J.M.W. Turner: Sketchbooks, Drawings and Watercolours

Joseph Mallord William Turner Study for 'The Chaplet' for Moore's 'The Epicurean' c.1837-8

Joseph Mallord William Turner 1775–1851
Study for ‘The Chaplet’ for Moore’s ‘The Epicurean’ circa 1837–8
D27644
Turner Bequest CCLXXX 127
Crayon, pencil and watercolour, approximately 115 x 70 mm on three-ply laminated Foolscap Bristol drawing board, 379 x 292 mm
Inscribed by John Ruskin in red ink ‘127’ bottom right
Inscribed by an unknown hand in pencil ‘CCLXXX’ bottom right
Stamped in black ‘CCLXXX 127’ bottom right
Accepted by the nation as part of the Turner Bequest 1856
This sketch belongs to a large group of preliminary studies which relate to Turner’s vignette illustrations for John Macrone’s 1839 edition of Thomas Moore’s The Epicurean, a Tale: and Alciphron, a Poem. The study resembles the style and dimensions of another work in this group (see Tate D27648; Turner Bequest CCLXXX 131) suggesting that Turner produced them at around the same time.
Jan Piggott has identified the subject as an experimental design for The Chaplet, circa 1838 (untraced),1 one of four vignettes that Turner produced for Moore’s fantastical prose tale The Epicurean.2 The finished watercolour, engraved for publication by Edward Goodall, depicts the trial of Alethe, a former pagan priestess who converts to Christianity, standing trial for heresy.3
Although her sentencing is delayed another day, the evil Orcus insists that she wear a coral chaplet that he has secretly poisoned:
The implacable Orcus, however, would not hear of mercy ... It was but by the firm intervention of the Governor, who shared the general sympathy in her fate, that the delay of another day was granted to give a chance to the young maiden of yet recalling her confession, and thus affording some pretext for saving her. Even in yielding, with evident reluctance, to this respite, the inhuman Priest would yet accompany it with some mark of his vengeance. Whether for the pleasure (observed the Tribune) of mingling mockery with his cruelty, or as a warning to her of the doom she must ultimately expect, he gave orders that there should be tied round her brow one of those chaplets of coral, with which it is the custom of young Christian maidens to array themselves on the day of their martyrdom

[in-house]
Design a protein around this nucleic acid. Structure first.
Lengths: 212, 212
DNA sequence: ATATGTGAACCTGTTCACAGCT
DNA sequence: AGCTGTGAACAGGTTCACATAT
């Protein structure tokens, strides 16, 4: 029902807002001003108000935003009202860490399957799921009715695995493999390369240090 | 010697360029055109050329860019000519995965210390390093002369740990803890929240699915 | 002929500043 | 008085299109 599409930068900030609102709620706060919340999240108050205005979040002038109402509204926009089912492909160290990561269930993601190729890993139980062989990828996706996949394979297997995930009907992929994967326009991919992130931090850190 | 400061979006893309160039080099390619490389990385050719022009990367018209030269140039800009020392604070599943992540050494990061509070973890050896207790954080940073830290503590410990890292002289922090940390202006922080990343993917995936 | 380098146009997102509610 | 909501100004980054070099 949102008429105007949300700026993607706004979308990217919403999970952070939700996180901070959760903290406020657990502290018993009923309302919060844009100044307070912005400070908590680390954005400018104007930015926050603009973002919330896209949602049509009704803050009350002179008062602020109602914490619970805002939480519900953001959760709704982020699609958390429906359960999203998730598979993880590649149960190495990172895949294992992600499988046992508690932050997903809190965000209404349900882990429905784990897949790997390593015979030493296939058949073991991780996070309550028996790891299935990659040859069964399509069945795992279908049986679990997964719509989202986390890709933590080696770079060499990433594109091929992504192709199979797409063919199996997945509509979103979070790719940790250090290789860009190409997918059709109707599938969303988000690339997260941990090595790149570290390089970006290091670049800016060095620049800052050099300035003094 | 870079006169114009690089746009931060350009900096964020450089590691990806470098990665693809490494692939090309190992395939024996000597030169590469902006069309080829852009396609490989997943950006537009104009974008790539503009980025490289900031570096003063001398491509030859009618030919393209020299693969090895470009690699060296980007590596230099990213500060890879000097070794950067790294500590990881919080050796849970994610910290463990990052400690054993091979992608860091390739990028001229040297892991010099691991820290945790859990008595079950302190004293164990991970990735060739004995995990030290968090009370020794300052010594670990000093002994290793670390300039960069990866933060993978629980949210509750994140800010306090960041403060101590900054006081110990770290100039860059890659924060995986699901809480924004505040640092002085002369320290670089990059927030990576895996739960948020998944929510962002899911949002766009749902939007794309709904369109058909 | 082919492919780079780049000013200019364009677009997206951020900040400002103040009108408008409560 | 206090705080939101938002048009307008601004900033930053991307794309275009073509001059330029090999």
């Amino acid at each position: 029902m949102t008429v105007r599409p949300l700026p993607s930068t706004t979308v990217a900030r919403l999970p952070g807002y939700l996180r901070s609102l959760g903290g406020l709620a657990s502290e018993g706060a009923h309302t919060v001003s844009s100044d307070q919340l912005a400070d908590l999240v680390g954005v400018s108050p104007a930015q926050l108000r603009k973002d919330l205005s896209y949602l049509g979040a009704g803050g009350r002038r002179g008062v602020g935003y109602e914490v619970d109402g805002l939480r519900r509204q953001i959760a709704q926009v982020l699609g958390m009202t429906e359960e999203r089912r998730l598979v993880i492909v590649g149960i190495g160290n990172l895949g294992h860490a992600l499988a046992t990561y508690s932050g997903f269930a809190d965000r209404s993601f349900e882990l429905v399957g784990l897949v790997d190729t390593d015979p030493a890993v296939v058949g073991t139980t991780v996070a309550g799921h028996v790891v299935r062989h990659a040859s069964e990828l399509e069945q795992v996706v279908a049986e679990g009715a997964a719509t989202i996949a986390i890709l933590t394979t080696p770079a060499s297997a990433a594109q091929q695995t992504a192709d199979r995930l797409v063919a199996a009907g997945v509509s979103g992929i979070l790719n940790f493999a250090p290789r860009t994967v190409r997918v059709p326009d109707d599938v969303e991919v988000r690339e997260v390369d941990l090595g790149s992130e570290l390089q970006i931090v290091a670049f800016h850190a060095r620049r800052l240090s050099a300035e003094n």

(Thomas Moore, The Epicurean, 1839, pp.205–6)
Despite his efforts, Alciphron is unable to remove the deadly band, and Alethe dies in his arms.
This sketch has been primarily executed in pencil with faint touches of watercolour wash. Although it is difficult to discern the exact subject, Turner is probably picturing the moment of Alethe’s sentencing. Several details correspond to the final illustration. The artist has indicated a high chamber with elaborate architectural features. Numerous figures crowd the bottom right-hand corner, whilst the scene is surveyed from above by winged angels bearing a cross. The central background is dominated by statues of a giant caryatid and a monstrous, bestial figure, probably the Egyptian god, Anubis, which in the finished version are pushed to the left-hand side of the composition.
There are at least three additional studies for The Chaplet in the Turner Bequest (Tate D27634, D27642, D27655; Turner Bequest CCLXXX 117, 125, 138).
1
Andrew Wilton, The Life and Work of J.M.W. Turner, Fribourg 1979, p.456, no.1301.
2
Piggott 1993, p.96; Thomas Moore, The Epicurean, a Tale: and Alciphron, a Poem, London 1839, reproduced between pp.206–7.
3
W.G. Rawlinson, The Engraved Work of J.M.W. Turner, R.A., vol.II, London 1913, no.637. There is one impression in Tate’s collection (T06625).
Technical notes:
Like many of Turner’s studies for Moore’s The Epicurean, this sketch has been made on three-ply Bristol board, a type of board sold by most artists’ colourmen. The support exhibits three watermarks, ‘Slade | 1836’, and a circular blind embossed stamp, ‘Bristol | [image of crown] | Board’ top left. The board has been laminated with handmade paper which has been trimmed to Foolscap size (nominally 15 x 12 inches). Peter Bower has identified the maker as the William & Thomas Slade Mill, the papermakers who succeeded William Allee at Hurstbourne Priors Mill in Hampshire.1
1
Bower 1999, pp.120–1; for a general technical discussion of nineteenth-century boards see ibid., pp.114–17.
Verso:
?Blank [partially pasted to mount]
Stamped in black ‘CCLXXX 127’ bottom right

Meredith Gamer
August 2006

How to cite

Meredith Gamer, ‘Study for ‘The Chaplet’ for Moore’s ‘The Epicurean’ c.1837–8 by Joseph Mallord William Turner’, catalogue entry, August 2006, in David Blayney Brown (ed.), J.M.W. Turner: Sketchbooks, Drawings and Watercolours, December 2012, https://www.tate.org.uk/art/research-publications/jmw-turner/joseph-mallord-william-turner-study-for-the-chaplet-for-moores-the-epicurean-r1133843, accessed 24 July 2014.